I agree with your views. I'm not trying to be a hero and arrest somebody for random stuff I see. I asked and envisioned it to be related to what might happen after somebody attacks me, or I find them stealing my car in breaking into my house. My focus was on if they try to flee, before or after shots are fired, what would I be legally allowed to do in order to keep them until the boys in blue show.
    Short of holding them at gunpoint while they voluntarily comply, what could you really do anyway (putting all of the laws aside for the moment)? The absolute LAST thing the armed citizen should ever do is put themselves in close physical proximity to a known threat. That means no attempting to handcuff the BG, no attempting to "tie up" the BG, and no attempting to "physically restrain" the BG unless it is absolutely, positively the only means of defending yourself that you have available. If the BG has broken off his/her attack for whatever reason, be a good witness and let them go if they choose to flee. Cops get paid to track BG's down, you don't.

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    Regular Member Boba Fett's Avatar
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    Which is why there are a pair of well-worn handcuffs lying on a shelf collecting dust at my house. lol I stopped carrying them about 6 months ago.

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    Quote Originally Posted by Boba Fett View Post
    Which is why there are a pair of well-worn handcuffs lying on a shelf collecting dust at my house. lol I stopped carrying them about 6 months ago.
    Use them on the wife
    Constantly choosing the lesser of two evils is still choosing evil.

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    Regular Member Boba Fett's Avatar
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    ^^^ I lol'd pretty hard man.

    Fortunately I'm not married.

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    Just a couple of fyi's:
    Missouri enacted a good samaritan law (RSMo 527.027) in which persons licensed and trained in emergency care may render aid to any person without risk of civil penalties song long as their training is recognized as bonafied. They may also render aid to a minor child at the scene of an emergency prior to the consent of the parents.
    For the unlicensed lay person, they may also render aid without risk of civil penalty so long as they have received bonafied training and do not act outside that scope. In no case are civil penalties excused for neglegence, or willful acts to cause harm.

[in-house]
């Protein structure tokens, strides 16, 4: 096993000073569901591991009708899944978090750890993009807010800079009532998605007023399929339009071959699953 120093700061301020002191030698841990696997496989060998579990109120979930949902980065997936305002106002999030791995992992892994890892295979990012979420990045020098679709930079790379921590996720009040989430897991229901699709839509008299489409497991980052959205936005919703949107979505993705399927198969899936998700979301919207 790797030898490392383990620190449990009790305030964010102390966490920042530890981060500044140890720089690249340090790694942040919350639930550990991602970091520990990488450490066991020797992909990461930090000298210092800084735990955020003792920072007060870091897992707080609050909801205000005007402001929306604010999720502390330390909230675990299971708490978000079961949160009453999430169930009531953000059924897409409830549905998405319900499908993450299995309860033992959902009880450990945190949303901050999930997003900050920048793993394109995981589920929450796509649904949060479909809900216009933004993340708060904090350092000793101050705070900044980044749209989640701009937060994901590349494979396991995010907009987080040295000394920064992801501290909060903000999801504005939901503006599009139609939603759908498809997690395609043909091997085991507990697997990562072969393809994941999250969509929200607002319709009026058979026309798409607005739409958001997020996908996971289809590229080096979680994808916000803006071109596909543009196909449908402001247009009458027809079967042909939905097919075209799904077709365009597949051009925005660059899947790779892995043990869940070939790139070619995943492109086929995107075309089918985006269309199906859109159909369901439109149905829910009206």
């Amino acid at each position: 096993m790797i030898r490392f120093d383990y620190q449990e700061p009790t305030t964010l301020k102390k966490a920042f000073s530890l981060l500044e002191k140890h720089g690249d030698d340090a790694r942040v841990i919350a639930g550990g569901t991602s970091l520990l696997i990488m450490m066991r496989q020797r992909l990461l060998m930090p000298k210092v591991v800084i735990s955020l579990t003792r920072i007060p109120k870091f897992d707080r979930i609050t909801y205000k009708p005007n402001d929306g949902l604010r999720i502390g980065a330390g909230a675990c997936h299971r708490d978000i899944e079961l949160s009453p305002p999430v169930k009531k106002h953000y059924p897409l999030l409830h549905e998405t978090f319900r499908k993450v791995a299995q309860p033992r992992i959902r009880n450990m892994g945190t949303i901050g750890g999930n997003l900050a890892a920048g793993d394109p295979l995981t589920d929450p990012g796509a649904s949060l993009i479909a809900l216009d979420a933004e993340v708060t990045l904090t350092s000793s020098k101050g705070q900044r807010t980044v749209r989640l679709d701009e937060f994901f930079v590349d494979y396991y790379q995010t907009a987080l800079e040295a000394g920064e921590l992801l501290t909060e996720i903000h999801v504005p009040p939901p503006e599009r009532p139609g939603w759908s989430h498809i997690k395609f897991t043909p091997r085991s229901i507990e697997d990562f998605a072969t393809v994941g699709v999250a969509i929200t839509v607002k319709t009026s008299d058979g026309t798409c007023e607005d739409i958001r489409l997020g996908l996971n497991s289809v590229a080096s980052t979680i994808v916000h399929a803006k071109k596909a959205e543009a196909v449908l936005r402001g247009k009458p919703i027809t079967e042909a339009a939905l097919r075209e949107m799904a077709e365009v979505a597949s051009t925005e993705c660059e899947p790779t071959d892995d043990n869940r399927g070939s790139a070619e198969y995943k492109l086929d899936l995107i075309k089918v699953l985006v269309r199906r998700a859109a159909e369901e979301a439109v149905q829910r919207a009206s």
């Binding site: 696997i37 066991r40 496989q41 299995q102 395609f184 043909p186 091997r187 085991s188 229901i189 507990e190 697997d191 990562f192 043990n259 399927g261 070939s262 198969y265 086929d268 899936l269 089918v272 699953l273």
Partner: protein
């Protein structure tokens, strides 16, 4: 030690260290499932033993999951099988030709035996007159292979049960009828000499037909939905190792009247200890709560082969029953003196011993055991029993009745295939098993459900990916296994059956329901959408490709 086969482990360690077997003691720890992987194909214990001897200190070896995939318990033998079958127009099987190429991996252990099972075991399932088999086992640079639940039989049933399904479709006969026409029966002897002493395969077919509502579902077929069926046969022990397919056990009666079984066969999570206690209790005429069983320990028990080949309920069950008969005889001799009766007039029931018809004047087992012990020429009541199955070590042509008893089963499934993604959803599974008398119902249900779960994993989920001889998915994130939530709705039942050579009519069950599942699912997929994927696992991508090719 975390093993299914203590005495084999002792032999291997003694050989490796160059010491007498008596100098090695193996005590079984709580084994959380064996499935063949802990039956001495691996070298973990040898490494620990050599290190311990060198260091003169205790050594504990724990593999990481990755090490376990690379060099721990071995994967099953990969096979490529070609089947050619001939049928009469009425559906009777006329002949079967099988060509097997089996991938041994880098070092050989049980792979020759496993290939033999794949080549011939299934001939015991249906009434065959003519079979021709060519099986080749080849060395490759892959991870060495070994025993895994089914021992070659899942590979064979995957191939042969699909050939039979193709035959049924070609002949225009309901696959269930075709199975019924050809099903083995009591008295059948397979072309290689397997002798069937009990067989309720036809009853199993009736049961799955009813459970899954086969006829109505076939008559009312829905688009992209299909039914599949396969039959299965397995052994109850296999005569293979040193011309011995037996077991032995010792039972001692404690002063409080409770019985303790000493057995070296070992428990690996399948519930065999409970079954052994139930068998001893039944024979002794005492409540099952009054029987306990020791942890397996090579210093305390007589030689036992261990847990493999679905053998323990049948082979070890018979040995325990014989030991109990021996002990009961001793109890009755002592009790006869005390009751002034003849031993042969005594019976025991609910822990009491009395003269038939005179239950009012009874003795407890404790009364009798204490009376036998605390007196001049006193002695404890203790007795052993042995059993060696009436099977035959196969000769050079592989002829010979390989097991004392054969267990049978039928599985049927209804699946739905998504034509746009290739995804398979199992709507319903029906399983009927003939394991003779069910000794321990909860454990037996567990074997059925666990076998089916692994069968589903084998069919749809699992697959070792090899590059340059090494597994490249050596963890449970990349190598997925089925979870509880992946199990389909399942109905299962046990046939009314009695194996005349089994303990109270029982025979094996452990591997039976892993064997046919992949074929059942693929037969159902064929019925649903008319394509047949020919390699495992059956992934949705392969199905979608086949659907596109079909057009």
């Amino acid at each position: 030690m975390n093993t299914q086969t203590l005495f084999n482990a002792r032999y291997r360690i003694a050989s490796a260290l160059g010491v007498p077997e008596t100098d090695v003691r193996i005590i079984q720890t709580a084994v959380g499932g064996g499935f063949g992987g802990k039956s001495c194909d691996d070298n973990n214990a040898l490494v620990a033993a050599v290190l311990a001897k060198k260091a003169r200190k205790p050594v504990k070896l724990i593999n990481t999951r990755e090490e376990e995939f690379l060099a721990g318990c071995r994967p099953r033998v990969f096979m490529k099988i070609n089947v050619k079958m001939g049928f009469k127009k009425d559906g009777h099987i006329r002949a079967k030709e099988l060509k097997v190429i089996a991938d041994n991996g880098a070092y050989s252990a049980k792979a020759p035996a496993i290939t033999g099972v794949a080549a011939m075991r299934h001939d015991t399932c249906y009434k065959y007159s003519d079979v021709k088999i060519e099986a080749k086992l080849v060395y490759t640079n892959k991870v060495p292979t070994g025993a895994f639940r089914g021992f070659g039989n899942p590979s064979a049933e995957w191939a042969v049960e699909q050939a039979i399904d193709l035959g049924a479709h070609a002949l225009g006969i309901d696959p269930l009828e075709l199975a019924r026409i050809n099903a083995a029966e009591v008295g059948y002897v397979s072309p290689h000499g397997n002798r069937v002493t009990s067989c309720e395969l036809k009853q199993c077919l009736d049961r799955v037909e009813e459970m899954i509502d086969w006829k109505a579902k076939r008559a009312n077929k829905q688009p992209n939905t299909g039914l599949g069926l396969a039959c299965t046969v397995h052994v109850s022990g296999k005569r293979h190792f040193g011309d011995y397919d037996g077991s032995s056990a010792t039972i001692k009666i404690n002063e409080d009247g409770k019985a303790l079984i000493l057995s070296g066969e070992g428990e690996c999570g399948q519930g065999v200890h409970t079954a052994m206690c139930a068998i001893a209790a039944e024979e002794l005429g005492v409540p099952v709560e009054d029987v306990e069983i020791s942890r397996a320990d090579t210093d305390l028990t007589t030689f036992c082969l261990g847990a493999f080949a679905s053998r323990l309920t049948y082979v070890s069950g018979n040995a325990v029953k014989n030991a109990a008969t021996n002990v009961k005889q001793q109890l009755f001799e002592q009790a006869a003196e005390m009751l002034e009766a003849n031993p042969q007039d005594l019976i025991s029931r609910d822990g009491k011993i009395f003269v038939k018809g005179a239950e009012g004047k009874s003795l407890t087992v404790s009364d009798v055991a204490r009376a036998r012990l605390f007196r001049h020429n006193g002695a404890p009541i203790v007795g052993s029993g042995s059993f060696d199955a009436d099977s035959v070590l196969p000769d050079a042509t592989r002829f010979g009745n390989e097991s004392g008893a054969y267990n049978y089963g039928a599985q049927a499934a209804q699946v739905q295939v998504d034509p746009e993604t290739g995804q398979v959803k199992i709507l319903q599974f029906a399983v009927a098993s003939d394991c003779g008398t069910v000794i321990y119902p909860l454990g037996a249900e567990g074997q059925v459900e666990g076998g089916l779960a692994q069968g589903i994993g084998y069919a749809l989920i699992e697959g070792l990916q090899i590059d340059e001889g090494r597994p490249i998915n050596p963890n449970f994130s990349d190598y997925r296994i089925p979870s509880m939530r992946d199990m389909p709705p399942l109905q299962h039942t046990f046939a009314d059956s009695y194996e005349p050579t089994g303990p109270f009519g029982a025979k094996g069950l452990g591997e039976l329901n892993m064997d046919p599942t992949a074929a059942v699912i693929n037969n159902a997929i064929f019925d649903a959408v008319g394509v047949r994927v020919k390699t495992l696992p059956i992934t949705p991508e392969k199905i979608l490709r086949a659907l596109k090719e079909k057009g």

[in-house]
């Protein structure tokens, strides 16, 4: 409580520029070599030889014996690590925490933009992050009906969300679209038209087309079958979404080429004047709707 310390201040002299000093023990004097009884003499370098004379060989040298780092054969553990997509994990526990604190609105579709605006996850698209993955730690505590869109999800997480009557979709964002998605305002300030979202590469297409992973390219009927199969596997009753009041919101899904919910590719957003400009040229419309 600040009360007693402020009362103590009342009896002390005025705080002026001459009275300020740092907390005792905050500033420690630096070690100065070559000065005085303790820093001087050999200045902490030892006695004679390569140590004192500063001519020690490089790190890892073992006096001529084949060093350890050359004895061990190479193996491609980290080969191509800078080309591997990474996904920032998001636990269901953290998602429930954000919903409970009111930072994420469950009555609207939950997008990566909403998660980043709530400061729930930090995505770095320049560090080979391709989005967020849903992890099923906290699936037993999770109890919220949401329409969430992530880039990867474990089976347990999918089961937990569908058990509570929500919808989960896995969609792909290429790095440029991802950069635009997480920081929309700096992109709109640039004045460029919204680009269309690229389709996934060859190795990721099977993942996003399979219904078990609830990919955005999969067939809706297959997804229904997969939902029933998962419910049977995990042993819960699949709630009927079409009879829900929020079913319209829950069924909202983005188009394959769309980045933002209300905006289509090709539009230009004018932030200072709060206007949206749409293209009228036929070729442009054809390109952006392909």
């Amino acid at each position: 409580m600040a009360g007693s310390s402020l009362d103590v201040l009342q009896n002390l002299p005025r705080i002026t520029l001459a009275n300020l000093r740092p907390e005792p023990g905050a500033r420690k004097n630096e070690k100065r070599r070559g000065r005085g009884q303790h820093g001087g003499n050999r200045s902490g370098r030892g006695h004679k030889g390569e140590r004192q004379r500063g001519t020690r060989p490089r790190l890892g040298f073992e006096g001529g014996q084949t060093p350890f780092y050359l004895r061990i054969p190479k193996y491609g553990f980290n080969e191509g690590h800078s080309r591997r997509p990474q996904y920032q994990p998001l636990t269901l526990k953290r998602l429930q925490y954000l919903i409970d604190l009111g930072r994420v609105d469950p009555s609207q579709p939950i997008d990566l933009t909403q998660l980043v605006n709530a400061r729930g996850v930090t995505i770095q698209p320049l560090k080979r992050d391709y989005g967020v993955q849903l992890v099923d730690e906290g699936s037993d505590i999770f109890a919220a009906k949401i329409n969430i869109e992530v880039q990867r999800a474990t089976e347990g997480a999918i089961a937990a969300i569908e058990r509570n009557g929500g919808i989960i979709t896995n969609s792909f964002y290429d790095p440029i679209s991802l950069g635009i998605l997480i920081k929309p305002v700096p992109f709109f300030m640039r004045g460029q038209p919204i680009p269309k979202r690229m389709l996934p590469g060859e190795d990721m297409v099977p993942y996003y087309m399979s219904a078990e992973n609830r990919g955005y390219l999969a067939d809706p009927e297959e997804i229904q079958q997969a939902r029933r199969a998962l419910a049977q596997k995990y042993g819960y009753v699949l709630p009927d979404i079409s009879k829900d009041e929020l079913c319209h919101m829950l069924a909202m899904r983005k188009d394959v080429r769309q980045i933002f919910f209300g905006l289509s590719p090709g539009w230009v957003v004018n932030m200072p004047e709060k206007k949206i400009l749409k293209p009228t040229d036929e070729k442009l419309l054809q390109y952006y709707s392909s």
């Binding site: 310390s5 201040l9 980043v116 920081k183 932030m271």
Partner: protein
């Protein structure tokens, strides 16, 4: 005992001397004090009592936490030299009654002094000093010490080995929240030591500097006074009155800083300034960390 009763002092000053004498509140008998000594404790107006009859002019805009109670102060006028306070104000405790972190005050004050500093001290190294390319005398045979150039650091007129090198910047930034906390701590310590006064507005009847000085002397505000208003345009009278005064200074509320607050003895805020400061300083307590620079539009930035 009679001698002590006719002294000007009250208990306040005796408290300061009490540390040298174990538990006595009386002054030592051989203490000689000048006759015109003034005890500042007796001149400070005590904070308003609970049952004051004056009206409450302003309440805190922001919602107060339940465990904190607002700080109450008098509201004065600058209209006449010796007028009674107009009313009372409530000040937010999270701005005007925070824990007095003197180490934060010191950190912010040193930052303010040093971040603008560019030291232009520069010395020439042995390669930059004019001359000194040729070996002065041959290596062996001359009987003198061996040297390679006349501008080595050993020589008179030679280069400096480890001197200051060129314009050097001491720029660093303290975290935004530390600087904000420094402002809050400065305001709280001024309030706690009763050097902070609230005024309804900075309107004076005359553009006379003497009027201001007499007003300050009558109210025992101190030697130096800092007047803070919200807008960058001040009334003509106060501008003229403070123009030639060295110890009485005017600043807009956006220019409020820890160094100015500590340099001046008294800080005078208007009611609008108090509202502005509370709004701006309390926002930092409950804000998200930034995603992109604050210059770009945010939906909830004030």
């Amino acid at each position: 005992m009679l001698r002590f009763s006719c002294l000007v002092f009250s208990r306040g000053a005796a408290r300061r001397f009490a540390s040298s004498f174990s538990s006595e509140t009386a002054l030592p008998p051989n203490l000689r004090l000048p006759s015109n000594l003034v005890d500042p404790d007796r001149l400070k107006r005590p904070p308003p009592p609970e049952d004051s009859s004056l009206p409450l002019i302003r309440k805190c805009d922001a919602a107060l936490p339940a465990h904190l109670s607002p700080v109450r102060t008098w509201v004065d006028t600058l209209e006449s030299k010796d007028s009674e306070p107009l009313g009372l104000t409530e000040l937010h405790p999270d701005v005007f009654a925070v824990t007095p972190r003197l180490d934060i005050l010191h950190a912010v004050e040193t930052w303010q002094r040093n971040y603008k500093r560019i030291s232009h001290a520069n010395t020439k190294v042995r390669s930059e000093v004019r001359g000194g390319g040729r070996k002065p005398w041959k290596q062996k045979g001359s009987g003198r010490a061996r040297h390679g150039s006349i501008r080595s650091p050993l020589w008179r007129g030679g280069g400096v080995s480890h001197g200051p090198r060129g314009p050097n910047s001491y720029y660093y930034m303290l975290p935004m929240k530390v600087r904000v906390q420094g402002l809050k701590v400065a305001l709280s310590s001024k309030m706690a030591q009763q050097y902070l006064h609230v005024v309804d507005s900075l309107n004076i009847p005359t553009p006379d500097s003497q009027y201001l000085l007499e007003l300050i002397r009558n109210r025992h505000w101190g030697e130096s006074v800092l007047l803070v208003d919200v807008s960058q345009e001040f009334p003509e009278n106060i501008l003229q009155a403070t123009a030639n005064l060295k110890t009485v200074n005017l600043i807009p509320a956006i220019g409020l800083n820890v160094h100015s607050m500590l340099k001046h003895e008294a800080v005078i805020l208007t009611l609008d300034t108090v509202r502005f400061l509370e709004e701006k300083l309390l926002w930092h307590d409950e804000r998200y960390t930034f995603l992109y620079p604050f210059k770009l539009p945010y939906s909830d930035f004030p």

The application of handcuffs/restraints is an application of lethal force. Unless you have received legitimate training from a recognized training facility, handcuffs could land a person in hot water even if they had legitimate cause to arrest.

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    Regular Member OC for ME's Avatar
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    Quote Originally Posted by Shooter64738 View Post
    <snip> The application of handcuffs/restraints is an application of lethal force. Unless you have received legitimate training from a recognized training facility, handcuffs could land a person in hot water even if they had legitimate cause to arrest.
    Not quit correct.

    http://www.moga.mo.gov/statutes/C500-599/5630000041.HTM

    Pay particular attention to 563.041.3.
    "I would rather be exposed to the inconveniences attending too much liberty than to those attending too small a degree of it." - Thomas Jefferson.

    "Better that ten guilty persons escape, than that one innocent suffer" - English jurist William Blackstone.
    It is AFAIK original to me. Compromise is failure on the installment plan, particularly when dealing with so intractable an opponent as ignorance. - Nightmare

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    Quote Originally Posted by OC for ME View Post
    Not quit correct.

    http://www.moga.mo.gov/statutes/C500-599/5630000041.HTM

    Pay particular attention to 563.041.3.
    I see your point, but there is a legal difference between 'restraining' a person and placing a person in 'restraints'. Deadly force is any force that the actor knows or should know to cause a significant risk of serious physical injury or death. Metallic handcuffs in particular are known to cause serious physical injury if applied improperly, or not properly monitored. So when a person is placed in restraints (not necessarily just restrained) it can be an application of lethal force. Simply holding someone down or restraining their body is not the same as placing them in a restraining device.

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    Regular Member OC for ME's Avatar
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    I can only surmise that the proper use of any restraint device was not a concern of the legislature....or the cops for that matter. So, I won't concern myself with the proper use of any restraint device either.
    "I would rather be exposed to the inconveniences attending too much liberty than to those attending too small a degree of it." - Thomas Jefferson.

    "Better that ten guilty persons escape, than that one innocent suffer" - English jurist William Blackstone.
    It is AFAIK original to me. Compromise is failure on the installment plan, particularly when dealing with so intractable an opponent as ignorance. - Nightmare